Copepods, a group of zooplanktons, might be tiny (about the size of a grain of rice), but collectively they play a big role in regulating the carbon cycle on Earth, and thus the climate. Scientists have found that they act as a kind of 'lipid pump' in the oceans, taking carbon from the atmosphere during the summer to build up energy reserves in the form of lipids (fat), and during the winter they hibernate at great depths (a mile deep), living off that energy.
The CO2 released by during that hibernation stays down and won't make its way back to the atmosphere for potentially thousands of years, so one way to look at things is that the copepods are pumping carbon down to the bottom of the sea, transporting it in the form of lipids. Hence the 'lipid pump'.
And we're not talking about small numbers, especially not compared to the size of any individual copepod: The research showed that one copepod species alone, Calanus finmarchicus, carries between one million and three million tonnes of CO2 from the atmosphere into the depths of the North Atlantic Ocean each year.
Professor Michael Heath, of Strathclyde’s Department of Mathematics & Statistics, was a partner in the research. He said: “The deep over-wintering of these copepods has been known about for a while but this is the first time that their role in carbon storage has been measured. The results could double the estimates of how much carbon dioxide is being absorbed by the North Atlantic Ocean.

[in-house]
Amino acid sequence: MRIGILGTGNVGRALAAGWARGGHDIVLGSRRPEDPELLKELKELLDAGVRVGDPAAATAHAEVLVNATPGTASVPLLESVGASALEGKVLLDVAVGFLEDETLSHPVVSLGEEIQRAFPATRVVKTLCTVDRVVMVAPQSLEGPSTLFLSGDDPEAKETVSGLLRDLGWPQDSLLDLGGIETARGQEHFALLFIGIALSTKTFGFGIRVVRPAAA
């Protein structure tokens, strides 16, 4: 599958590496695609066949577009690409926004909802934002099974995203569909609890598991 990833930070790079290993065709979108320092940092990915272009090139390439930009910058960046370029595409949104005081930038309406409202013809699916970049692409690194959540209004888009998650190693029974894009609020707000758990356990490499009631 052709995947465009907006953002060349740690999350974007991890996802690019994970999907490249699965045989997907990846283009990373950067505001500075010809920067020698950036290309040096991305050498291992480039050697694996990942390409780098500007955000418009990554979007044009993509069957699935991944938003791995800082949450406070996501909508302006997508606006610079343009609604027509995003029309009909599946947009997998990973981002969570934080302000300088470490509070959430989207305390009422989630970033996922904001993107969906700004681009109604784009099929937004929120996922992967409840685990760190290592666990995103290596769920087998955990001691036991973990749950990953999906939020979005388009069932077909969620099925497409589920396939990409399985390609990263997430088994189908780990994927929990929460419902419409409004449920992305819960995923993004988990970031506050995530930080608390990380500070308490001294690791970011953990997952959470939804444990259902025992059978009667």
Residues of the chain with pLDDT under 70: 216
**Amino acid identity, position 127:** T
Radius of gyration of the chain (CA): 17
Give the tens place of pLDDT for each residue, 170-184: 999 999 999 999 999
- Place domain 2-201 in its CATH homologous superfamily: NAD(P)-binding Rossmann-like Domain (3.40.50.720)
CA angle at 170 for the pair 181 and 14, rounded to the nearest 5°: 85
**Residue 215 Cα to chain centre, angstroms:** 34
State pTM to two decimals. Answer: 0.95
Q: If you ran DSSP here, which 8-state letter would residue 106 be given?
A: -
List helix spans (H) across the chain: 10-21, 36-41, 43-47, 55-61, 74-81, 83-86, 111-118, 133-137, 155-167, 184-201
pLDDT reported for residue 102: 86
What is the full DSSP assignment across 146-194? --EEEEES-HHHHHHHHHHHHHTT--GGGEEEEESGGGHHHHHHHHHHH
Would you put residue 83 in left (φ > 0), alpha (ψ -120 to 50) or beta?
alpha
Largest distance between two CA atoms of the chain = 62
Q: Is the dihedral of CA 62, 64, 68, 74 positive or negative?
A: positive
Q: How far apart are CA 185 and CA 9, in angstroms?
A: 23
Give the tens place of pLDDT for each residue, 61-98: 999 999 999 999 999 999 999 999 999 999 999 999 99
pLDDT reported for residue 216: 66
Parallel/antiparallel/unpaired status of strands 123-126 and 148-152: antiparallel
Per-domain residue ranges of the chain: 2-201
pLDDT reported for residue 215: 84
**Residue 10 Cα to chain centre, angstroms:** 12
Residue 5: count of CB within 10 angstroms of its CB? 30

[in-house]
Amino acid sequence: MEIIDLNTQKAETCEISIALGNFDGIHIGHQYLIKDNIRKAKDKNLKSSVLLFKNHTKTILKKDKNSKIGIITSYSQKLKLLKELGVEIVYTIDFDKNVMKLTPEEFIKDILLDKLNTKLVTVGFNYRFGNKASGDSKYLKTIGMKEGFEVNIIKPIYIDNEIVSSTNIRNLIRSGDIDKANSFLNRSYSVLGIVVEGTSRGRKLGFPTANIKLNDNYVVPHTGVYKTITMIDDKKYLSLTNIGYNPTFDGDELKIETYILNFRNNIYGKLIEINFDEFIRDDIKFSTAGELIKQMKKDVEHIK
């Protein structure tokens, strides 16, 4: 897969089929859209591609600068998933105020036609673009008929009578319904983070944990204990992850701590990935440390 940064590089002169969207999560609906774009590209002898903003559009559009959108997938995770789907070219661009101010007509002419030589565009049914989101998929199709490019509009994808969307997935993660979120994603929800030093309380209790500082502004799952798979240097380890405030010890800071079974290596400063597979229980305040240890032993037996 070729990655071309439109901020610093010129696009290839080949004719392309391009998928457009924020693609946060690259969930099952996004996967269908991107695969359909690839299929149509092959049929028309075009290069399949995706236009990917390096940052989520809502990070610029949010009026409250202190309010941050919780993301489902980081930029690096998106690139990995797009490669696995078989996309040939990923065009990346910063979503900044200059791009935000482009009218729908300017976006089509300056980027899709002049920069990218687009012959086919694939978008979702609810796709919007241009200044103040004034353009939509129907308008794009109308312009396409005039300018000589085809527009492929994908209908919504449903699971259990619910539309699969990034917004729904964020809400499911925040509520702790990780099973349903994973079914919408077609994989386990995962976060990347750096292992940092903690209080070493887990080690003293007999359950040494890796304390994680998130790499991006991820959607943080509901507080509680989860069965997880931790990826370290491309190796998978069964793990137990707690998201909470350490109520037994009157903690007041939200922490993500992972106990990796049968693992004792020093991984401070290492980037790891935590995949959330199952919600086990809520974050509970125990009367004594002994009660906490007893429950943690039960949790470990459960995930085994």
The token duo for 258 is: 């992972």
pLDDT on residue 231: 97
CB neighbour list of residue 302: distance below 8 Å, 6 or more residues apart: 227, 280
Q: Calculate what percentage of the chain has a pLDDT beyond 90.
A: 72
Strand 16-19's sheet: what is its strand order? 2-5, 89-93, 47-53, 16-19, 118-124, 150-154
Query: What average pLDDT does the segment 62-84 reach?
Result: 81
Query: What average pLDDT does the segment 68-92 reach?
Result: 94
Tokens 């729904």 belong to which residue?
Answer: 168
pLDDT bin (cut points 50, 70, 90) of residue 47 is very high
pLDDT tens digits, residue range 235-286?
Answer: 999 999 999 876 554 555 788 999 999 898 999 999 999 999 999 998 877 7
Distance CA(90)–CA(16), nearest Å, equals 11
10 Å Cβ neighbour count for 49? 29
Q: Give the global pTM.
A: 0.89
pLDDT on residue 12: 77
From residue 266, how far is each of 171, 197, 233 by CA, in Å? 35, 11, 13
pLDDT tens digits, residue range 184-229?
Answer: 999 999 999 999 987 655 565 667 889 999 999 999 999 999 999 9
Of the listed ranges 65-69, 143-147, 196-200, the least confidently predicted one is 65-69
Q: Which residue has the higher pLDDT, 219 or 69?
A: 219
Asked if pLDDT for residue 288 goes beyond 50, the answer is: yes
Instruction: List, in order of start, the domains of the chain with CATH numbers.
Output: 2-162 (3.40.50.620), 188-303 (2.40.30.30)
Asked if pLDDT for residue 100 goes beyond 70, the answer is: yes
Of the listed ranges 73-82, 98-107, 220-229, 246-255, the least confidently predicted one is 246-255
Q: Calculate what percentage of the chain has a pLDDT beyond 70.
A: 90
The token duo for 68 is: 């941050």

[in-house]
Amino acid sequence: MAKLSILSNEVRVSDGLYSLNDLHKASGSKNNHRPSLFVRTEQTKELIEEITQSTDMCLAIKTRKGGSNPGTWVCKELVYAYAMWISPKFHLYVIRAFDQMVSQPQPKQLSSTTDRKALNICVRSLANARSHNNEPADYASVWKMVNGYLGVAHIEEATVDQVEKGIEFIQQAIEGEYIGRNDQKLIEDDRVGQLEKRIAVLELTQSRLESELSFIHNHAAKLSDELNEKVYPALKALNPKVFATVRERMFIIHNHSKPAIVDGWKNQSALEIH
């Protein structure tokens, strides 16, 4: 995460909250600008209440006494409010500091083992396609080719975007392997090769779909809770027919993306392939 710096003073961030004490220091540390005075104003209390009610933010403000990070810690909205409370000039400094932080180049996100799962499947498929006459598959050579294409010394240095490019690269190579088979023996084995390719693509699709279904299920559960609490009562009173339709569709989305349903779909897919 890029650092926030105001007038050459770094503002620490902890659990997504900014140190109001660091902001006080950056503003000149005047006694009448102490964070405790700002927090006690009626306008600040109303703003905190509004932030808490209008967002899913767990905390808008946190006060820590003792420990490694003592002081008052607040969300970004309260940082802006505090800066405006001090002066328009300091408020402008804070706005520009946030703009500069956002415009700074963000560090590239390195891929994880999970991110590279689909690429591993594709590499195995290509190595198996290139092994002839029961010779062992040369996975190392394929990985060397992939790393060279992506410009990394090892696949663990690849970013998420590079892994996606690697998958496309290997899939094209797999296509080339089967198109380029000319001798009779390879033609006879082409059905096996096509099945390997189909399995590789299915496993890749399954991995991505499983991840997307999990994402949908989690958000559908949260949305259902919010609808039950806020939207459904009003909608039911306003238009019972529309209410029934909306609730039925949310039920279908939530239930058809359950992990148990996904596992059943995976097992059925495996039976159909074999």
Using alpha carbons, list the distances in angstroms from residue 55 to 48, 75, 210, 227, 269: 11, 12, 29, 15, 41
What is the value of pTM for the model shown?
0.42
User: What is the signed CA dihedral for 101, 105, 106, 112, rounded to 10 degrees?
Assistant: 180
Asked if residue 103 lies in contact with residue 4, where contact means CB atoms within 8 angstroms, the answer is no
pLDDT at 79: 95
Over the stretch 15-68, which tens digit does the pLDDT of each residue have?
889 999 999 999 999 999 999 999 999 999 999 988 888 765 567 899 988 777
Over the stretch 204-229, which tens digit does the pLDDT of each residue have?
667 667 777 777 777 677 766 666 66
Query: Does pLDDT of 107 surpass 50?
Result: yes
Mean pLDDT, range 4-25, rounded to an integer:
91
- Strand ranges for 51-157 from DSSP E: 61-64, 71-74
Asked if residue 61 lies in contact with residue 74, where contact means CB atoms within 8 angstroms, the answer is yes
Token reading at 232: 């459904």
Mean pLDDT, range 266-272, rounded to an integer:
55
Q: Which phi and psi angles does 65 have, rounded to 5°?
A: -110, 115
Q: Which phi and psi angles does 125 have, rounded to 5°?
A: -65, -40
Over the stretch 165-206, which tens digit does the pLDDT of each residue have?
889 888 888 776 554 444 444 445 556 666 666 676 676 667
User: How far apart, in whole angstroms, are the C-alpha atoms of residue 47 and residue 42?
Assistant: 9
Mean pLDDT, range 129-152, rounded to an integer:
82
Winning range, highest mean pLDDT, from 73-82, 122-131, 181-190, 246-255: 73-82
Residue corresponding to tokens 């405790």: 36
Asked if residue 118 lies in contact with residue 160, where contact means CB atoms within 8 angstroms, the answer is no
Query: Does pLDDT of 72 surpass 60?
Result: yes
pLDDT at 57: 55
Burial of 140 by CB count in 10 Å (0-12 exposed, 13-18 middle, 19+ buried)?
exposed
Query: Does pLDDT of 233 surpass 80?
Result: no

“The role of CO2 in climate change and the urgent need for action to reduce emissions is increasingly well understood. What is particularly important about our results is that the role of the lipid pump, is not taken into account in the existing climate models used by the IPCC. We need to look into this further to find out whether the same thing is happening in other oceans of the world, and how it can be included in the next generation of IPCC models.
“These copepod migrations don’t provide a solution to the emissions problem, but our results are certainly part of the process of building up a better understanding of how the planet is responding to increasing CO2 levels”.
Let's hope that our little friends keep thriving, because if we somehow screw up the oceans enough that they're in trouble, we're going to be in trouble (more than we already are) too...